Compare Banner Life Insurance vs. AIG Life Insurance

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  • Compare Banner Life insurance vs. AIG life insurance and discover which company has the right policies at the right prices to best protect your family.

Compare Banner Life insurance vs. AIG life insurance and discover which company has the right policies at the right prices to best protect your family.

If you're in the market for life insurance, Banner Life and AIG offer competitive products from reputable companies that service hundreds of thousands of policyholders and enjoy financial stability. A.M. Best rates Banner Life at A+ (Superior) and AIG at A (Excellent). Depending on your age, gender and medical history, one of these companies might be a better fit than the other. You should research carefully and build quotes from both companies before taking out a policy.

This guide compares Banner Life insurance vs. AIG life insurance in the areas of premium prices, policy types on offer and the availability of riders and add-ons.

Compare Banner Life Insurance vs. AIG Life Insurance: Monthly Premium Costs

For a healthy, nonsmoking applicant, premium costs between Banner Life and AIG are very similar across most age bands. AIG tends to offer slightly lower prices for men, but Banner Life is slightly cheaper for women.

The one exception to this rule pertains to men 50 years and older. For this demographic, average premiums are much lower with AIG than with Banner Life.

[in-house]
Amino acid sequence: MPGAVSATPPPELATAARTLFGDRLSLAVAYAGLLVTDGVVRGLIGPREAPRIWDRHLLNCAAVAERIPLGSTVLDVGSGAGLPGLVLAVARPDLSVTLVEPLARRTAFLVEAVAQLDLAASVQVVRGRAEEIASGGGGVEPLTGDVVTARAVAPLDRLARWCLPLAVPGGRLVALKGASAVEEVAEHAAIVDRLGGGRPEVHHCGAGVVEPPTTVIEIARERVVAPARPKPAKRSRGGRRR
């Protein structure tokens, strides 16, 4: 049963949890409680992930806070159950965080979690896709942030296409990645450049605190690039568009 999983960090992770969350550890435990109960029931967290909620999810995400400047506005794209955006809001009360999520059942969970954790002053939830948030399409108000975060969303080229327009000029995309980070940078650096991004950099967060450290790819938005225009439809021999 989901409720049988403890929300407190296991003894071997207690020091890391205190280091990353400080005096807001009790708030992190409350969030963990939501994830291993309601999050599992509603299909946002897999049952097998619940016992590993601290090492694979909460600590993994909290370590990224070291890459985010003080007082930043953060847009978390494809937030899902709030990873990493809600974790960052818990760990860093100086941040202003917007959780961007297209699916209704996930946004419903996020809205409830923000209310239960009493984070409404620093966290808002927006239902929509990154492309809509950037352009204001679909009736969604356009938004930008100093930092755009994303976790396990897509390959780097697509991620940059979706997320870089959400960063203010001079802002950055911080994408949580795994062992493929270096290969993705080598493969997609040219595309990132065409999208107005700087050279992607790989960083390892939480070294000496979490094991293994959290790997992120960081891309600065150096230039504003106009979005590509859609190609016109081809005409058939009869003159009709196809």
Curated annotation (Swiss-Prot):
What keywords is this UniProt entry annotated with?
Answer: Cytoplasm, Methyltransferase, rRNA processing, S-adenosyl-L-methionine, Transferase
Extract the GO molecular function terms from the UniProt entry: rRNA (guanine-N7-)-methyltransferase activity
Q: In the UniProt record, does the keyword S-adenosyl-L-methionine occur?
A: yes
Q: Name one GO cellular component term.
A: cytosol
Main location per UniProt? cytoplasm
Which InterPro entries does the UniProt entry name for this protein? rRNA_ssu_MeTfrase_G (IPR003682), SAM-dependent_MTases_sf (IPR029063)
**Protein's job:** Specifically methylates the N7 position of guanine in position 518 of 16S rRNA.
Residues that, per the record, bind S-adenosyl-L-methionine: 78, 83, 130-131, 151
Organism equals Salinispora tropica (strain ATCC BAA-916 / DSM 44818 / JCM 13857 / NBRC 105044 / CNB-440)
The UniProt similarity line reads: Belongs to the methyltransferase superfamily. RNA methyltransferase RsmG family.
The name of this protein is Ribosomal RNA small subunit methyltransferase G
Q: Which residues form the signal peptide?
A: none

The table below lists average monthly premium costs for a 20-year term life insurance policy valued at $500,000. Keep in mind that these averages are based on a composite policyholder and might not reflect the rates you get quoted. You should always shop around and compare quotes before making a decision.

Age and gender of policyholder

Banner Life monthly premium

AIG monthly premium

30-year-old female



30-year-old male



40-year-old female



40-year-old male



50-year-old female



50-year-old male



Source: Policygenius

What Life Insurance Products Can I Buy From Banner Life and AIG?

The two main types of life insurance are term insurance and permanent insurance. Banner Life and AIG offer both at competitive rates. But within these broad insurance types are many structures and formulations, and the options differ pretty substantially between the two companies. AIG offers more variations of permanent life insurance, as well as more policy riders. 

Life Insurance Products Offered by Both Companies

  • Term life insurance: Term life insurance is just what it sounds like: It provides coverage for a term rather than for the rest of your life. The benefit of term life insurance over permanent life insurance is that it costs a lot less for the same coverage. The downside is that the coverage ends when the term expires, but many policyholders no longer need it at that point, usually because their kids are grown. Banner Life offers term life policies in 5-year increments from 10 to 40 years, and AIG offers 18 different formulations:

    • 10-year term
    • 15- to 30-year terms in 1-year increments
    • 35-year term